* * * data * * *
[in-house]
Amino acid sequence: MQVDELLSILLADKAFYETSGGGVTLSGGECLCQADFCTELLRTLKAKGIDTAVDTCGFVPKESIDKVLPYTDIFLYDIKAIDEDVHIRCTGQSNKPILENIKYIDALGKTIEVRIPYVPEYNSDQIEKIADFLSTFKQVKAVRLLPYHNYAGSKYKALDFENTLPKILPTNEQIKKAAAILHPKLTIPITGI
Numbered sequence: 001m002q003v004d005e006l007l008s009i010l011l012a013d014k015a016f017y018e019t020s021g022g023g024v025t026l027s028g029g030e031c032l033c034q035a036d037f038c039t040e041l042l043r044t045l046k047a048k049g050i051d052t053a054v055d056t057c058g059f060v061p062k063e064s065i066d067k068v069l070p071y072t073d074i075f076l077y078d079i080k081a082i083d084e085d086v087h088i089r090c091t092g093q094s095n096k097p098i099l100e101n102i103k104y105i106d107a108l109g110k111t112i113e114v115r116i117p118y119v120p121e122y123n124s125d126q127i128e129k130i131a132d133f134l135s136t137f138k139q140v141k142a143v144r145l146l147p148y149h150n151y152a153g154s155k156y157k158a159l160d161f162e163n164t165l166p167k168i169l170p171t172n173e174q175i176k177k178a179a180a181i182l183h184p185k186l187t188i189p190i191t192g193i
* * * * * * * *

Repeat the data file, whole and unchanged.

[in-house]
Amino acid sequence: MQVDELLSILLADKAFYETSGGGVTLSGGECLCQADFCTELLRTLKAKGIDTAVDTCGFVPKESIDKVLPYTDIFLYDIKAIDEDVHIRCTGQSNKPILENIKYIDALGKTIEVRIPYVPEYNSDQIEKIADFLSTFKQVKAVRLLPYHNYAGSKYKALDFENTLPKILPTNEQIKKAAAILHPKLTIPITGI
Numbered sequence: 001m002q003v004d005e006l007l008s009i010l011l012a013d014k015a016f017y018e019t020s021g022g023g024v025t026l027s028g029g030e031c032l033c034q035a036d037f038c039t040e041l042l043r044t045l046k047a048k049g050i051d052t053a054v055d056t057c058g059f060v061p062k063e064s065i066d067k068v069l070p071y072t073d074i075f076l077y078d079i080k081a082i083d084e085d086v087h088i089r090c091t092g093q094s095n096k097p098i099l100e101n102i103k104y105i106d107a108l109g110k111t112i113e114v115r116i117p118y119v120p121e122y123n124s125d126q127i128e129k130i131a132d133f134l135s136t137f138k139q140v141k142a143v144r145l146l147p148y149h150n151y152a153g154s155k156y157k158a159l160d161f162e163n164t165l166p167k168i169l170p171t172n173e174q175i176k177k178a179a180a181i182l183h184p185k186l187t188i189p190i191t192g193i